4 May 2020

Saucing the right books for hungry customers

From Nine To Noon, 10:06 am on 4 May 2020

Celia Sack has a pretty special shop. It's called Omnivore Books and it collects and sells cookbooks from all over the world from its brick and mortar storefront in San Francisco.

Remote delivery of books has taken on a whole new level of life under lockdown and Sack has noticed a huge spike in interest in home cooking and culinary experimentation.

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Photo: Omnivre Books

She's also an author herself. Her book The Omnivore's Recipe Keeper helps people build their own recipe books.

Opened in 2008, the shop is only 500 square feet but is “filled to the rafters with wonderful cookbooks” Sack told Kathryn Ryan.

She says even though 2008 was a bad time to start a business, Omnivore Books took off almost immediately.

“It’s really interesting because a lot of the people who were coming in here had been in the tech industry in the Bay area.

“The area of my shop that became really popular was the DIY section; pickling, brewing beer, baking bread and butchering.”

There was also a kind of push back against tech, she says.

“When there’s an innovation technologically there’s often a push back against that, the arts and craft movement coming up during the industrial revolution.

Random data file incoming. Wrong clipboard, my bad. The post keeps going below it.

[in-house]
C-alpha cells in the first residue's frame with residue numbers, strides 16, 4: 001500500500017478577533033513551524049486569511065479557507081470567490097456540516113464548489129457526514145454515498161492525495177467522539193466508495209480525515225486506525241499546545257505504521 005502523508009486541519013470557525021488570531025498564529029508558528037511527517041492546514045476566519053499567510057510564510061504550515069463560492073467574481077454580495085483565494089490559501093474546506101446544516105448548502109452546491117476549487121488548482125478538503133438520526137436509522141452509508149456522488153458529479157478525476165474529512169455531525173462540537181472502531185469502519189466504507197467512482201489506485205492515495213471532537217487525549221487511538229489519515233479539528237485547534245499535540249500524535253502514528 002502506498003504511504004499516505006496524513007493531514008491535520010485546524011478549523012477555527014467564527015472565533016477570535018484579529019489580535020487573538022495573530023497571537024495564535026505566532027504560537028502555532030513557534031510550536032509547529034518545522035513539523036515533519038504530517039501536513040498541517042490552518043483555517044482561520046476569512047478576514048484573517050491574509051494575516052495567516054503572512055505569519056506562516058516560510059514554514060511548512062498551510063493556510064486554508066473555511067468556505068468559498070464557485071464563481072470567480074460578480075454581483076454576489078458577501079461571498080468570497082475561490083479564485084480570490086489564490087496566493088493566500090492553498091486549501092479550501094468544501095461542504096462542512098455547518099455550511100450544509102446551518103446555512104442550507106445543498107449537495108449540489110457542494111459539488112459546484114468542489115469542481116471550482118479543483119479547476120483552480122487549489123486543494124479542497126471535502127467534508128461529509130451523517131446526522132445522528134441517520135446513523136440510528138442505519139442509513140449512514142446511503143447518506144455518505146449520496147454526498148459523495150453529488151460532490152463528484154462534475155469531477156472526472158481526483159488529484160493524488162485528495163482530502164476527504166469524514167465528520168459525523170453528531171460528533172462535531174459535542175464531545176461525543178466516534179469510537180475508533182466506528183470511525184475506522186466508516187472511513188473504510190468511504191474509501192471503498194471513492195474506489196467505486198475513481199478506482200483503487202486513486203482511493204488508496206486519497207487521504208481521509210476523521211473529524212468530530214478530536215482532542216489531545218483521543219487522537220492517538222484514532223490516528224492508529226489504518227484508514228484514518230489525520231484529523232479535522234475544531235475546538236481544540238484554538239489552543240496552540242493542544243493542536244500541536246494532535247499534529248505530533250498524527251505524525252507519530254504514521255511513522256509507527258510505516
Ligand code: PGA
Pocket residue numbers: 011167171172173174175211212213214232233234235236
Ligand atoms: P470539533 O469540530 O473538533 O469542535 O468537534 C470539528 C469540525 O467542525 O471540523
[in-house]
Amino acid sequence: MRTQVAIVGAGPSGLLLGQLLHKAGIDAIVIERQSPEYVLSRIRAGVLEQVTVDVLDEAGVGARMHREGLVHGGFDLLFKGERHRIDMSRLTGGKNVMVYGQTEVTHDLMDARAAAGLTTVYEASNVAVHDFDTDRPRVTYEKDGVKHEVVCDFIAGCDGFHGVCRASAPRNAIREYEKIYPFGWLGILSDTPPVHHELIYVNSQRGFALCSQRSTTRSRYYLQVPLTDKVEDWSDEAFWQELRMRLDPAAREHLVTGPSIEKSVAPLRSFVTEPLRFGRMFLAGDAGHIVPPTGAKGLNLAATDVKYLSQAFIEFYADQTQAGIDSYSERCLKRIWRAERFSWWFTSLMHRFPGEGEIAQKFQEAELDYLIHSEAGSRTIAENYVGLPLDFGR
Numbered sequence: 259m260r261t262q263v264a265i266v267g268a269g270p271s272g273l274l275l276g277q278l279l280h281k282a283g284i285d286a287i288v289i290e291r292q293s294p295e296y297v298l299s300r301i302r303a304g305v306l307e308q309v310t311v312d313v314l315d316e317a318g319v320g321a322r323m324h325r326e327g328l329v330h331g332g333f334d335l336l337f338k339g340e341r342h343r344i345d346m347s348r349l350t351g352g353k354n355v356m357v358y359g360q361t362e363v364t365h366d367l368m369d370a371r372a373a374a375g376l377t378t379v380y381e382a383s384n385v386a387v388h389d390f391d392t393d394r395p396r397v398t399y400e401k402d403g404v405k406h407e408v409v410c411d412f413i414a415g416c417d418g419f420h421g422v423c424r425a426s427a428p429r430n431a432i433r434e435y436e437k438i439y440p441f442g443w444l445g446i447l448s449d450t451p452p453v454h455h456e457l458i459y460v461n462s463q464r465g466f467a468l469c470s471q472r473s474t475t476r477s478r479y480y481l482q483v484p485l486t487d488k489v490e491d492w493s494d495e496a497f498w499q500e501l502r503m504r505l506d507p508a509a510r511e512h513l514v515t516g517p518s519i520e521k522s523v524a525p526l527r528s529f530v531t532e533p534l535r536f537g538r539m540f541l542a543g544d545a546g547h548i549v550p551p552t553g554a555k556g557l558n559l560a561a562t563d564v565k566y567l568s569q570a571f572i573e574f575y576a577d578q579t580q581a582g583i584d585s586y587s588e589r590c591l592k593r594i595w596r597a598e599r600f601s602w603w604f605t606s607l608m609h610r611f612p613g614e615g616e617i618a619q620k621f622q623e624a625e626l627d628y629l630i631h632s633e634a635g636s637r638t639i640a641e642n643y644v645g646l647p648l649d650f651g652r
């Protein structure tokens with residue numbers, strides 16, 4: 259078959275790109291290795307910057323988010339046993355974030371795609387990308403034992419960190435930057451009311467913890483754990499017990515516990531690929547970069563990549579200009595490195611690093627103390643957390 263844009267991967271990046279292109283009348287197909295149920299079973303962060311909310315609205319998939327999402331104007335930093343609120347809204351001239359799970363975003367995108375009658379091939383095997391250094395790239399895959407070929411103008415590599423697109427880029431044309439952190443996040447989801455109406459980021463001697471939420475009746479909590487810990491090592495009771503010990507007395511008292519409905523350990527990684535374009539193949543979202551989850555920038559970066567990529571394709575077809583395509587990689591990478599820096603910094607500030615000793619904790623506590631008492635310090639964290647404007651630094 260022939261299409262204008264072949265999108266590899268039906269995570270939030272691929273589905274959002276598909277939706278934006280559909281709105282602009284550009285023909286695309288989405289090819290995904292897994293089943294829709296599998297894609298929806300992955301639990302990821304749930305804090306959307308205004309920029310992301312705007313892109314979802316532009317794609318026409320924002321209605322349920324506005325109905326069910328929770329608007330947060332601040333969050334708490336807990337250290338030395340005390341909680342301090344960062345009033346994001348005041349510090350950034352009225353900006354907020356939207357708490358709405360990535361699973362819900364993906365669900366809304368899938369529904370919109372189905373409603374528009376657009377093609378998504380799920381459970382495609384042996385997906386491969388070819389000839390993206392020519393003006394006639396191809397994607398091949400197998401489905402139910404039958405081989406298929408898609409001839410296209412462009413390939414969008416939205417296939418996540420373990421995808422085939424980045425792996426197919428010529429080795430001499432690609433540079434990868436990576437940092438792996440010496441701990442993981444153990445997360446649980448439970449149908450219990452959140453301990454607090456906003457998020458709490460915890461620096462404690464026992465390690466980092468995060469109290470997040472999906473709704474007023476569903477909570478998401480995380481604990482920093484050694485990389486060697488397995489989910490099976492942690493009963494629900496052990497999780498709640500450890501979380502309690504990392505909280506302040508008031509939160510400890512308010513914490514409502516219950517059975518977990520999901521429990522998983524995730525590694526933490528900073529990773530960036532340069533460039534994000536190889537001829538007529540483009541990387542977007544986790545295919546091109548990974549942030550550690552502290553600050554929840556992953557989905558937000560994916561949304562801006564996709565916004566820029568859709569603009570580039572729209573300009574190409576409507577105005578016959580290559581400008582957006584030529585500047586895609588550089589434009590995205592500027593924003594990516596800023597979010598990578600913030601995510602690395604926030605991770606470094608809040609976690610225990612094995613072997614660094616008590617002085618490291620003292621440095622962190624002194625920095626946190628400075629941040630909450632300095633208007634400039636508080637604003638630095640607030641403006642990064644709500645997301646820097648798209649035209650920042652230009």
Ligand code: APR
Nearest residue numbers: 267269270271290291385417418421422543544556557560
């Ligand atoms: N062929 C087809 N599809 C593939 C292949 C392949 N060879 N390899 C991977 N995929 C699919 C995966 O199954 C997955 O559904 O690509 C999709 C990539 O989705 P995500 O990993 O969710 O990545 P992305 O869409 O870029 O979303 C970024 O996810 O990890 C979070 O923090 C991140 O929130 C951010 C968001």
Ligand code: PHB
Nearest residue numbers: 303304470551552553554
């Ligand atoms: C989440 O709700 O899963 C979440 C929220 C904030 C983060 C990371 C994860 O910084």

“This was sort of like that with the tech revolution happening, all these people just going back to raise their own chickens and preserve their own tomatoes.”

Chefs from all over the world have launched books at the store, she says.

“[Yotam] Ottolenghi has been here four times to give talks, Nigella Lawson, your Lauraine Jacobs.”

She has a background as a book buyer and cataloguer and developed a speciality in cook books during her time working for Pacific Book Auction.

One of her favourite finds was a collection in California, a woman from whom she’d been buying books individually.

“There are these certain collections that you stumble on to that make your heart sing and break at the same time.”

She arranged to visit the woman to see the whole collection for herself.

“And I walked in and it was this entire floor of incredible cookbooks, just the best collection, mostly 19th century, fantastic African-American collection, California collection, just everything. Every important book that you wanted.

“And she was just a collector, she was in her 70s, her kids didn’t want them and she decided to pass them on to people who would.”

The find was bitter-sweet however.

“I had this immediate sadness that I was probably never going to come across a library like this again.”

Sack says there is a renewed interest in the old school recipe book writers, after a period where celebrity and chef recipe books were all the rage.

“They’ve gone back to the older, better known people like Dorie Greenspan and Paula Wolfert, Melissa Clark and Andrea Nguyen.”

And new personalities are emerging from sites such as Bon Appétit such as Alison Roman, Priya Krishna and Carla Lalli Music.

“I was shocked because I missed the boat on that and those people would have like their first cookbook and come to my store and it was mobbed.”

A native of San Francisco, she says she’s delighted an idea she had on a whim had proved so successful.

“I just made up this idea one day in my head and now it’s a place that people depend on and want to come to from all over the world and it’s just so fun to have made it up out of thin air.”

And in this time of lockdown she can’t keep up with demand for bread-making books.

“Bread books are flying out the door … It’s great that people are cooking more, they’re going to come out of this with a lot of skills that they never knew they would have.”